The annual Personalized Medicine World Conference (PMWC) is a one-of-a-kind event bringing together the top thinkers, industry leaders, scientists, and policy-makers in health care. 23andMe hopes that consumers and individuals will get involved in ushering in personalized medicine and we recently held an essay contest to give away one free admission to this year’s PMWC, to be held in Silicon Valley January 23-24.
Over the last six weeks readers, interested citizens, and 23andMe customers sent in many inspiring essays. We chose our 10 favorites to receive a 23andMe t-shirt and then selected a random entry from those 10 to win the grand prize of free admission to PMWC 2012.
Without further ado, congratulations to David McAndrew!
David’s essay, featured below, speaks to his desire to find truly meaningful work in the area of personalized medicine.
“Why I Want to go to PMWC”
By David McAndrew
Unlike I imagine many of your entries to the “Why I want to go to PMWC” essay contest, I don’t have a great story about how Personalized Medicine has deeply changed my life in the past. I wasn’t saved by Warfarin dosing, didn’t have a mother diagnosed then treated correctly with Herceptin, and as a matter of fact am still a little apprehensive and nervous of the implications surrounding ordering my own 23 and Me testing kit. (Although the holiday discounts always help sway me!) In fact, I am not a patient, I am not a doctor, and I am not a formal researcher. I don’t work for the government, a pharmaceutical company, a University, or even in the healthcare field. My name is Dave; I work in a ski shop in Seattle; work nights at a winery; and have never felt so overworked and beaten down in my life. I am Ivy League educated, in Ivy League debt, and have researched, drafted, and applied to somewhere over 300 jobs in science and healthcare since I finished school in May 2010. Most have not even offered back a complimentary “no” in response.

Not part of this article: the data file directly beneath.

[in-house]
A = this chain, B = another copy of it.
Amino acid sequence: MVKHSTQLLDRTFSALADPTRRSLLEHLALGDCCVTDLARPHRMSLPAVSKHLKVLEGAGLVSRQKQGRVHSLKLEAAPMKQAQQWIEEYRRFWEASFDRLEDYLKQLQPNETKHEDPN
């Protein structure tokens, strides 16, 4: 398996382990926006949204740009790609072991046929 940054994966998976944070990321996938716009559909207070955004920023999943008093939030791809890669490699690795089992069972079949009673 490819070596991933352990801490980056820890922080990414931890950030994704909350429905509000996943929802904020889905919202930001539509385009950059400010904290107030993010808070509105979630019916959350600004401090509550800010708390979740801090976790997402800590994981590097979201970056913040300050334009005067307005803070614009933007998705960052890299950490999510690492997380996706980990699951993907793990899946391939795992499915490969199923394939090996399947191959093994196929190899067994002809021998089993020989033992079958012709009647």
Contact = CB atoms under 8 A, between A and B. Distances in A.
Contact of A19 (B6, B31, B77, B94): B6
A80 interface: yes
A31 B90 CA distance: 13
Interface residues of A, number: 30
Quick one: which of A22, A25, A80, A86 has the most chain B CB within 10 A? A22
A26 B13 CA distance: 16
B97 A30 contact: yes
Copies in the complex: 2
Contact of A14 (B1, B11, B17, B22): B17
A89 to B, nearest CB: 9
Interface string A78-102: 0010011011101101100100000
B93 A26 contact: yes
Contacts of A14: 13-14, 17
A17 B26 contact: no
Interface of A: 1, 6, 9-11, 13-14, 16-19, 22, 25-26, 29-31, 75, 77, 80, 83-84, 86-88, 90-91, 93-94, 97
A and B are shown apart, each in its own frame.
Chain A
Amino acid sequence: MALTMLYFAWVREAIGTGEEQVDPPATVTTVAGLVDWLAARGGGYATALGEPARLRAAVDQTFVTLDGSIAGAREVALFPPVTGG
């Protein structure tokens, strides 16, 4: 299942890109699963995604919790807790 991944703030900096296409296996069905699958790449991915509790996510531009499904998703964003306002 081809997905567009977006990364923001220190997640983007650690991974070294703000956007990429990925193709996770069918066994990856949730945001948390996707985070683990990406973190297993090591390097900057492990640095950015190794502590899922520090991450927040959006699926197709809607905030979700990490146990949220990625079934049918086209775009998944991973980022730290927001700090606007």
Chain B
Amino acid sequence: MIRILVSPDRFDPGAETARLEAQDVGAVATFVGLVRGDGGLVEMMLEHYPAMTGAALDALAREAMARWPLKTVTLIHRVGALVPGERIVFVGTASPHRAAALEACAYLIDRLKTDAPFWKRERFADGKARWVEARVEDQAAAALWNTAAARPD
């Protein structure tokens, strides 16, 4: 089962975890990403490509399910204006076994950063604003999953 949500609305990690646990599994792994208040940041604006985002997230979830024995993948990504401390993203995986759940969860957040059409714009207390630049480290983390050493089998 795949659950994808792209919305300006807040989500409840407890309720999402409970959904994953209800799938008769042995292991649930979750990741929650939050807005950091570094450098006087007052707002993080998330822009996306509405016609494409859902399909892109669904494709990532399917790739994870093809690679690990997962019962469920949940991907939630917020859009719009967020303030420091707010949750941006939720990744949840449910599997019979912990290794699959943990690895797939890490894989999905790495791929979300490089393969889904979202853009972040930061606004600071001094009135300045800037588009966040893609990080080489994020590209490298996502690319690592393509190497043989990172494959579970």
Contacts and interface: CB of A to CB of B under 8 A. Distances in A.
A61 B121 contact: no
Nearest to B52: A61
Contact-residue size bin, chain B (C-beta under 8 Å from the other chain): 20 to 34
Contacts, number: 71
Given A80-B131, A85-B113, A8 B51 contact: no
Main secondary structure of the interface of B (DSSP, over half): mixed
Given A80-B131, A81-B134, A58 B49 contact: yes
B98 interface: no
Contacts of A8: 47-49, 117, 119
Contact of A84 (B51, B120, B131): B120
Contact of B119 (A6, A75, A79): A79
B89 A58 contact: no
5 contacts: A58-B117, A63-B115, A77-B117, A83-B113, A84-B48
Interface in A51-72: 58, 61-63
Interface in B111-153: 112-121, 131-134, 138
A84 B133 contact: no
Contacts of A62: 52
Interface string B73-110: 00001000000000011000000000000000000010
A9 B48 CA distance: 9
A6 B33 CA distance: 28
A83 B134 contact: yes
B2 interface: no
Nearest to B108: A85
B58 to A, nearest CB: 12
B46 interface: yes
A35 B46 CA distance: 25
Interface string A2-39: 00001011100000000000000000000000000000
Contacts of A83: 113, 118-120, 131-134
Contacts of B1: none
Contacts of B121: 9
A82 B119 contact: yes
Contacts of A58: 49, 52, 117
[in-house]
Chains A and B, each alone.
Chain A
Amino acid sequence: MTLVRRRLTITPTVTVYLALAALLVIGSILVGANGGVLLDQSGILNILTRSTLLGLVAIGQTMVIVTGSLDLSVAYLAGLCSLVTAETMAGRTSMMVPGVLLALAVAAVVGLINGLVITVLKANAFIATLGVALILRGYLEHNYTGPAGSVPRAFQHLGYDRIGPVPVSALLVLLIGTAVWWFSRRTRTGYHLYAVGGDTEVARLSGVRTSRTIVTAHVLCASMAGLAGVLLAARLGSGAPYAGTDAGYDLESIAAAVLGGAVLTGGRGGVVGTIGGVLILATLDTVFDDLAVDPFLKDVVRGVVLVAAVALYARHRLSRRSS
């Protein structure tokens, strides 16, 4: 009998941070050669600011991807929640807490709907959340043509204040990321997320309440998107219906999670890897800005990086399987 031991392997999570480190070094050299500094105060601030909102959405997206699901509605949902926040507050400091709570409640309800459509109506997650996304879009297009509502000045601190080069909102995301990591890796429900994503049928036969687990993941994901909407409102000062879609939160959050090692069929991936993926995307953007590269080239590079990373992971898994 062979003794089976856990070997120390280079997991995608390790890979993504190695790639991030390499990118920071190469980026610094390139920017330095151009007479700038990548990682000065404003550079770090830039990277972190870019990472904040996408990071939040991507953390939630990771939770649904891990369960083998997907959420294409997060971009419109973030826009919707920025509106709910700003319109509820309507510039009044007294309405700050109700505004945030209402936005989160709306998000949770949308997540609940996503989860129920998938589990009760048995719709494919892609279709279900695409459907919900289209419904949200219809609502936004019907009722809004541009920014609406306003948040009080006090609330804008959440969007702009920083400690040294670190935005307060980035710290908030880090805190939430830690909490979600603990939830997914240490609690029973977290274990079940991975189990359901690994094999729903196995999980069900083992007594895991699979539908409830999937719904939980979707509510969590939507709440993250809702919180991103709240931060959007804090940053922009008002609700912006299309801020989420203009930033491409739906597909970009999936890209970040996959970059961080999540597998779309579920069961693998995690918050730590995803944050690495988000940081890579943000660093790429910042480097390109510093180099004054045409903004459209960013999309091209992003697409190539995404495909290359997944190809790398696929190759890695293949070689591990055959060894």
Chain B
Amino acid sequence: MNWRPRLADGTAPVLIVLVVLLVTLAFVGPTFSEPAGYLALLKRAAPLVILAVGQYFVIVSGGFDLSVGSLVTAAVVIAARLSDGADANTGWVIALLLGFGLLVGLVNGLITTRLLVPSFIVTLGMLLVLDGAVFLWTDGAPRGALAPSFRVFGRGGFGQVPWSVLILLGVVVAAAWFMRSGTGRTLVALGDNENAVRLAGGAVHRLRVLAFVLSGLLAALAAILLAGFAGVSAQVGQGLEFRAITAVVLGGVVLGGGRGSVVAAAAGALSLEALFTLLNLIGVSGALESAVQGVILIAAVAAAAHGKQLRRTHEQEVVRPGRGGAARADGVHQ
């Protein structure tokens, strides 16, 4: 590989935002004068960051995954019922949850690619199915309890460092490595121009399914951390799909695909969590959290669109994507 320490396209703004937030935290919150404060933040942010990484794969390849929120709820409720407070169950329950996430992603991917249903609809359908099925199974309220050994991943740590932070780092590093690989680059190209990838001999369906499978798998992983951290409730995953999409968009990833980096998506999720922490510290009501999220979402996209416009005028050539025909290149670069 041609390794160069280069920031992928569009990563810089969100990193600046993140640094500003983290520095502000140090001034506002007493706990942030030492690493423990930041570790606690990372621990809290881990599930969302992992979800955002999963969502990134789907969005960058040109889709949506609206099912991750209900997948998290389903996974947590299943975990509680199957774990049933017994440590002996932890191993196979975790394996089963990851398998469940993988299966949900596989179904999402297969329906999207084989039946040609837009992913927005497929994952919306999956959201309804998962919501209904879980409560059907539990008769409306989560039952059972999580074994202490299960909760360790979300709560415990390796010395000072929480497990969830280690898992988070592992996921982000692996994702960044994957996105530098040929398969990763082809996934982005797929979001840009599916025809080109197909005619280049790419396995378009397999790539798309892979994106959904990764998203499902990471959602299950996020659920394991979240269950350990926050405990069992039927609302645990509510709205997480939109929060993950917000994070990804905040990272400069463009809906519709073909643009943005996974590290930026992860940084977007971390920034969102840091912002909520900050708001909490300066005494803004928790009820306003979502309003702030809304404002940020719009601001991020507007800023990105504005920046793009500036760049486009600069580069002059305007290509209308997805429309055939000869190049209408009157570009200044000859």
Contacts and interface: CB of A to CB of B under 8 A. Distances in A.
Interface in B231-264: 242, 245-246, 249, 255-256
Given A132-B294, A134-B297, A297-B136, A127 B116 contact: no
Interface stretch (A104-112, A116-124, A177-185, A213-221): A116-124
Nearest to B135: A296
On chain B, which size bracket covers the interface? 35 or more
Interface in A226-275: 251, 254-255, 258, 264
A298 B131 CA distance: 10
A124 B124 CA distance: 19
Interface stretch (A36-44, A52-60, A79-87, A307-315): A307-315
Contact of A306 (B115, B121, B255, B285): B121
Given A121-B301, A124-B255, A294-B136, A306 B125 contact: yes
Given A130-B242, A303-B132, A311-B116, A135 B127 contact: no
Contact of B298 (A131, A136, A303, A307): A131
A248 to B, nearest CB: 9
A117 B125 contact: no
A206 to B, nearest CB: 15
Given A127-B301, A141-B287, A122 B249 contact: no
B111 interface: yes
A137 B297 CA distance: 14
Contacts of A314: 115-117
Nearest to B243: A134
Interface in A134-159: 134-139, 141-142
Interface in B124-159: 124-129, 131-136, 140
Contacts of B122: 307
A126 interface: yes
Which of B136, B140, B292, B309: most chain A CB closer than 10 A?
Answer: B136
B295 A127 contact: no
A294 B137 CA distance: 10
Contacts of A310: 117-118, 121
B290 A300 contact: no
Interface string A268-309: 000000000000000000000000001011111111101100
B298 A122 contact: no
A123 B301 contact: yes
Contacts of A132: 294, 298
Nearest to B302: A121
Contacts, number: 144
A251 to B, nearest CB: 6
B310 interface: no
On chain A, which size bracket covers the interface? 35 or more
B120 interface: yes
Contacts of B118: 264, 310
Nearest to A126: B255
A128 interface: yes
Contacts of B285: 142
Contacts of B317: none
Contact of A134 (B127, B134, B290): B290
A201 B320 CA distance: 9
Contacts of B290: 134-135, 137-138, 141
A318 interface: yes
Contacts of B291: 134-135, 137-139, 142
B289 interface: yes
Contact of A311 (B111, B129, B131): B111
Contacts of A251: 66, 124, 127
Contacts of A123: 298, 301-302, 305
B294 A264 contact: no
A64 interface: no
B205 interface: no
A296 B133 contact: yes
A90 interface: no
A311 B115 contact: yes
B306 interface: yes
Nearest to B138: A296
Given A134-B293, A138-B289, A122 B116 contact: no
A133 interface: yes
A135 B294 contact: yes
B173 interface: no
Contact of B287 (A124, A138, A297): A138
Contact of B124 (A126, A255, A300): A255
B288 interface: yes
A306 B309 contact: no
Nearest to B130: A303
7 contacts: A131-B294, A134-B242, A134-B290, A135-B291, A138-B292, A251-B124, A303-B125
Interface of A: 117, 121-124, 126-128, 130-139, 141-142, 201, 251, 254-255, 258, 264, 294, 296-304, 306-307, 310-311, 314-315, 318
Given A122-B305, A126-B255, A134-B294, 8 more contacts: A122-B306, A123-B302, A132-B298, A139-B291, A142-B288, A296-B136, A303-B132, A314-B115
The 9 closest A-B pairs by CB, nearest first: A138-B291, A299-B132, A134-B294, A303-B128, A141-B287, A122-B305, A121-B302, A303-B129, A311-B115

There are many stories out there about why personalized medicine is good, how it has been used to help people, and about how it will continually help to advance the world of medicine as we know it. There are books about the ethics, books about the economics, and books about the awesome potential of the world that personalized health care will offer. Stories are what get our attention. Somehow our empathy towards the struggles as well as the successes of others helps us to better understand true meaning in our own lives and experiences. We learn from the experiences of ourselves as well as the stories of those we meet. So in this sense, I won’t tell you a story about how Personalized Medicine has affected my life. Instead I will attempt to give you my story of how I believe that my life will lead me to someday positively affect Personalized Medicine.
All in all, the reason that I want to attend the PMWC conference is that the people and the topics being addressed at this conference represent most the type of person I hope to become and the type of topics I hope to have the opportunity to devote my career towards.